The Night, It Burnerzez

So there's a new Night Burnerz 5-Pack out these days, and the highlight of it is obvious. We'll get to that, but first let's look at the rest of the pack.

First there is the Volkswagen New Beetle Cup:

...which is interesting for two reasons, firstly because it doesn't separate the body shell from the rest of the car the way previous incarnations of this casting did; and secondly because of the non-standard spelling of the car's country of origin:

Secondly is this Audacious, which seems to be a play on the word "Audi" -- even though the resulting car doesn't look anything like any Audi I've seen:

Then, the why-did-they-invent-this called the Pony-Up:

And last, but not least -- thanks to the Pony-Up being in the same set -- is the Chrysler 300C Hemi, a car which embodies "meh" to me but is interesting in that it is the only car in this set with a metal, rather than a plastic, base:

...but the highlight, the one that's got everyone talking, the one that will make this 5-Pack a hot seller (and a hot accidentally-returned-to-the-store) is this Nissan Skyline.

Unusually for a car in such a 5-Pack, this car has tampos on the side and rear, in three colors, including detail on the brake lights. With the metal spoiler and tinted windows, this is a must-have. And now I have it.

I referred to this car causing this 5-Pack to get returned to stores in greater numbers -- I've already seen discussion on the internet regarding 5-Packs on the pegs which had a car different from the Skyline. The speculation is that people are buying the 5-Packs, replacing the Skylines with something else, then returning the 5-Packs to the store of purchase for a refund. Presto, free Skyline! Seems like a dirty trick to me, and I can't really see it being worth while doing. If you can't eat $6 for a car you'll want to turn for $10 or $20, you are in the wrong business. On the other hand, since the numbers involved for each physical car are so low, maximising profit on any car you can sell like this helps the overall bottom line. It still seems like a low-down dirty trick to me.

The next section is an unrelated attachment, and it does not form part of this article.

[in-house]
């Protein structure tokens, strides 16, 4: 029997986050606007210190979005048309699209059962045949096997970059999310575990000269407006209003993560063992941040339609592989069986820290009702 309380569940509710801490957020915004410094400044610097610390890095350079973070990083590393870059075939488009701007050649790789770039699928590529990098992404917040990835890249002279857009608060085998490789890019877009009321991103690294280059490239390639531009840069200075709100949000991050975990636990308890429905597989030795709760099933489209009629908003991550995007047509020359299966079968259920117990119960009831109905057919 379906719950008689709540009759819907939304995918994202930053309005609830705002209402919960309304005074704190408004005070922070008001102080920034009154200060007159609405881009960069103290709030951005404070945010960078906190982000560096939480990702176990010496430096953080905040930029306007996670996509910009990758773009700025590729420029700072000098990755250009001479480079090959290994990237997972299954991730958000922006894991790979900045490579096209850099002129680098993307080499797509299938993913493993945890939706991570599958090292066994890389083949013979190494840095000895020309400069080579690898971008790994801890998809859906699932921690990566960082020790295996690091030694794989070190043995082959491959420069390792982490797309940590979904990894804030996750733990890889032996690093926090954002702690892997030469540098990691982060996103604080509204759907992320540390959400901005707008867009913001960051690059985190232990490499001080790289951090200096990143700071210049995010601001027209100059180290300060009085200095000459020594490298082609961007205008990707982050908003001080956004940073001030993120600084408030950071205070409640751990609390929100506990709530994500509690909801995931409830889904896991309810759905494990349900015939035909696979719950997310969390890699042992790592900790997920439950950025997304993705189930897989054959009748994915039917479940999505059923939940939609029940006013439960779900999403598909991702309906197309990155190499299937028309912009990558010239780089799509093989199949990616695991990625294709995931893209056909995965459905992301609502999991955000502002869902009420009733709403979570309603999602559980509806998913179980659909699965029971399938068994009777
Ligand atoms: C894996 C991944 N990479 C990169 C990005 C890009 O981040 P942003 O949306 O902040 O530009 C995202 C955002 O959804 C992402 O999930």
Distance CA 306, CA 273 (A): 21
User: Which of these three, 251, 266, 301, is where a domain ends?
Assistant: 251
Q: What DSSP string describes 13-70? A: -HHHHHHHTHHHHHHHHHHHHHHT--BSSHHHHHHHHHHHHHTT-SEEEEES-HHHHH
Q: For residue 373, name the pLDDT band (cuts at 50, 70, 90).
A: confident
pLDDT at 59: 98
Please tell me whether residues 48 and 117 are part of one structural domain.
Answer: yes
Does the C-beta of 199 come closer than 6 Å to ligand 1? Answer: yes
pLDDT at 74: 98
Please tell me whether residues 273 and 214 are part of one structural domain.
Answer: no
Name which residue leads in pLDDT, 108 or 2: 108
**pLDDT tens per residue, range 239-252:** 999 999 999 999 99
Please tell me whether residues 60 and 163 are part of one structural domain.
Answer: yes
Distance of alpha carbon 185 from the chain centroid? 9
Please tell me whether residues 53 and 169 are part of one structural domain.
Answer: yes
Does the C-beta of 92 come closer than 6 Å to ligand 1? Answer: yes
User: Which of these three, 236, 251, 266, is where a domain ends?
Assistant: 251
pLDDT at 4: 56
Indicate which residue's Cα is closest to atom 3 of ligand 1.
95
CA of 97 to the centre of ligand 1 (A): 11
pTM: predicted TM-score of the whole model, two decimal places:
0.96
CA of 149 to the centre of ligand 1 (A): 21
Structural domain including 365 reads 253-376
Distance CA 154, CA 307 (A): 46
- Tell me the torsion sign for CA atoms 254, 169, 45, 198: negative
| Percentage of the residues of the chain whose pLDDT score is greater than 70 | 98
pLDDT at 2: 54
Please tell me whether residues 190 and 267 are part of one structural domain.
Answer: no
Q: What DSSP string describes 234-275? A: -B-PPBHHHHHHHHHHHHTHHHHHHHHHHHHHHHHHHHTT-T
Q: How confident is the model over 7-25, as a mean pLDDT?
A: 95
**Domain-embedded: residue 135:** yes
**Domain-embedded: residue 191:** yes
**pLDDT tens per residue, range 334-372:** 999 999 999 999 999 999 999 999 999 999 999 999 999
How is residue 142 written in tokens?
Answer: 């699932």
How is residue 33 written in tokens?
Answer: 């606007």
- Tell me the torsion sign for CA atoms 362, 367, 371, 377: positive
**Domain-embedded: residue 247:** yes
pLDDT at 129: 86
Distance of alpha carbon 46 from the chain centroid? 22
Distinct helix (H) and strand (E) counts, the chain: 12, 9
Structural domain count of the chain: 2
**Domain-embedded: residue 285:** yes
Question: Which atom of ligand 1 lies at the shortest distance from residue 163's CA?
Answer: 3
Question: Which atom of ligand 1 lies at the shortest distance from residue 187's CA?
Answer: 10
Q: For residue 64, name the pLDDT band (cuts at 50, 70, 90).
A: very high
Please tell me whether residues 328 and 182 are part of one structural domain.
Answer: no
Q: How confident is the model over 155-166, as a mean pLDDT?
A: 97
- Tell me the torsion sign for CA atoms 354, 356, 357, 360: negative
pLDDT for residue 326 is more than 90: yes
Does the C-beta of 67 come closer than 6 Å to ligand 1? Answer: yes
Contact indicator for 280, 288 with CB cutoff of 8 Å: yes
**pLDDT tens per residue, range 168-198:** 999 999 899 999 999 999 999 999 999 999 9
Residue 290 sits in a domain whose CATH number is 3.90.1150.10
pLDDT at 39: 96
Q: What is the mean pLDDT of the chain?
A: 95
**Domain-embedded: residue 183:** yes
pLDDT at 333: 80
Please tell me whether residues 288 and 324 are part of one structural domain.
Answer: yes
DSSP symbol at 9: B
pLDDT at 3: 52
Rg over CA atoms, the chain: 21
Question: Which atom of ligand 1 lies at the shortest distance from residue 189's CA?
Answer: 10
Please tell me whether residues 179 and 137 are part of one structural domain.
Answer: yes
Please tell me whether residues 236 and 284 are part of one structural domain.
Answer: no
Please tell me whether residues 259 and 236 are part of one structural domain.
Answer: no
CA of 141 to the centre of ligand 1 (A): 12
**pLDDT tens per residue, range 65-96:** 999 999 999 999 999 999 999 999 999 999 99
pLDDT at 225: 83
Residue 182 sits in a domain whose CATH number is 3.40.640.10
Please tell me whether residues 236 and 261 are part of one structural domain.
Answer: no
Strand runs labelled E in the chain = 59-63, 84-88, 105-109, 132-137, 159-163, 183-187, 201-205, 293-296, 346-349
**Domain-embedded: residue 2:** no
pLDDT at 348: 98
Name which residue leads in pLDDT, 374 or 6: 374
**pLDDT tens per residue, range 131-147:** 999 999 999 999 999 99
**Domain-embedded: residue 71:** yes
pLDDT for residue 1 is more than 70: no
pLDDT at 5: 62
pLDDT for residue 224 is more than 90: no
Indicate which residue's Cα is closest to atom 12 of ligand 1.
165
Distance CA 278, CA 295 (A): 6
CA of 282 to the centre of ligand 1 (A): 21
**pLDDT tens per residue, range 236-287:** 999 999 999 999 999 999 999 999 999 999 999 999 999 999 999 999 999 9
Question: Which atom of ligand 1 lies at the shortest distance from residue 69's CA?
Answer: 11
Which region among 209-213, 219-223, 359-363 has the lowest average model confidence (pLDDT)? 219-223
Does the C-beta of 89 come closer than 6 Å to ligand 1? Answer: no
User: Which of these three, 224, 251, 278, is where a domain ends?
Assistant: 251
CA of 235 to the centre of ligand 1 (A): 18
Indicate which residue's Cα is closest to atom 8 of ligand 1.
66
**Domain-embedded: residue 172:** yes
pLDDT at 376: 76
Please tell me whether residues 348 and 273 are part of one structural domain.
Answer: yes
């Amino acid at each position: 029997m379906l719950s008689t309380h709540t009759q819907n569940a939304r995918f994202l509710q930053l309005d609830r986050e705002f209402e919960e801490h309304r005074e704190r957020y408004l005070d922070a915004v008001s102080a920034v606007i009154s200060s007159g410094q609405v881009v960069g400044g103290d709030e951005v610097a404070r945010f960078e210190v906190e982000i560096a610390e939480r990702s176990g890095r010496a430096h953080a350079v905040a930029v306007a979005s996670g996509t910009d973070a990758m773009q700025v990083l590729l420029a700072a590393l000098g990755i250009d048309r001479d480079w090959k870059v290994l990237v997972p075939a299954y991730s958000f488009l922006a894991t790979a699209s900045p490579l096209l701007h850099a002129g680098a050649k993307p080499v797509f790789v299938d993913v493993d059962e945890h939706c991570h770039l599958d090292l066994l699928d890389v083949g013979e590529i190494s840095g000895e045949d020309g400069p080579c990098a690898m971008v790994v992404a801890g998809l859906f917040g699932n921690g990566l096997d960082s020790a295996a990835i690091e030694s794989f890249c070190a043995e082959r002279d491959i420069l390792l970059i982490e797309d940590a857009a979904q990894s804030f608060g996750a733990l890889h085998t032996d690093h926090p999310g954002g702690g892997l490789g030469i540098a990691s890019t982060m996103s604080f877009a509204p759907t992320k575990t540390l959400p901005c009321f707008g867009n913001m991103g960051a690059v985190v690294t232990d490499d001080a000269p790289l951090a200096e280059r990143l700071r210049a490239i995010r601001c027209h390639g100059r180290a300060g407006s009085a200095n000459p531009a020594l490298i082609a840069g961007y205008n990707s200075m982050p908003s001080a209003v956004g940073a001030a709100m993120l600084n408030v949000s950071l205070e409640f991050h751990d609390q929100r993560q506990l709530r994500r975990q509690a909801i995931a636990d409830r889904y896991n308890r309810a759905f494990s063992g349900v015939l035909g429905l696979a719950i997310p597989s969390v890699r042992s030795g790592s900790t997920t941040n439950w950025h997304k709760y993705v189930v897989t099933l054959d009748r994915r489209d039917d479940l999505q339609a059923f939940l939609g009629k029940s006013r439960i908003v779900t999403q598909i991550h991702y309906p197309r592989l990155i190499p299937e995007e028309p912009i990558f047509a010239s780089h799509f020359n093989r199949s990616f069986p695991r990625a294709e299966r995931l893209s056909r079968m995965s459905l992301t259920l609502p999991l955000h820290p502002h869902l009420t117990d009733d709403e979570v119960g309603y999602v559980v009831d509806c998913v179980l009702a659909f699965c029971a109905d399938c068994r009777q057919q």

Green Blob

Well since we're getting all BMW here -- this is, what, the fifth BMW post in a row? -- we might as well look at this one. It is the BMW 2002 from the 2016 BMW Anniversary series.

For some reason I'm always disappointed by this casting. The iconic headlights always get buried in the paint on the nose and it just ends up looking... meh. The rest of the car looks ok in the green and yellow, which is a color combination that I wouldn't have thought would work.



Another nice casting from 2016 was the appearance of the 1973 BMW 3.0 CSL "Batmobile" Race Car. So-named because of the ridiculous wings sprouting from the back of the car, this was a classic race car built as a version of the classic 3.0 Coupe.

In this dress, the black car is the better looking one. I like that this model extends the windshield plastic to the front and rear of the car to better give the illusion of "lights".

The illusion is especially effective if you find the magic orientations of your lights and your camera.

The white model can also do the lights trick, however for whatever reason the tampo detail is not very good on this car. This makes me wonder if I've just been unlucky, or if there is something to the production of white cars that leads to less effective tampoing.

Unfortunately the tampo flaws are all-around on this car.



So since we've looked at the 1M, I think we should take a moment to look at the first M car, the BMW M1.

The M1 was built as a result of a collaboration between Lamborghini and BMW, although the partnership fell apart and BMW went on to produce the cars on their own. Produced in the heady days of homologation, this was a thinly-veiled race car that was sold to the public in sufficient numbers to make the car available for sportscar racing.

The Hot Wheels casting here is from the 2016 BMW series. The casting itself has been released in the past under the name Wind Splitter, presumably due to licensing reasons.

The toy here looks pretty simple, being without the mandatory fins, wings, splitters, and vents that modern supercars seem to have to have. But since this is from the dawn of the "supercar" era, when this car was released all that nonsense was in the future. This model is pretty true to the real car it is drawn from.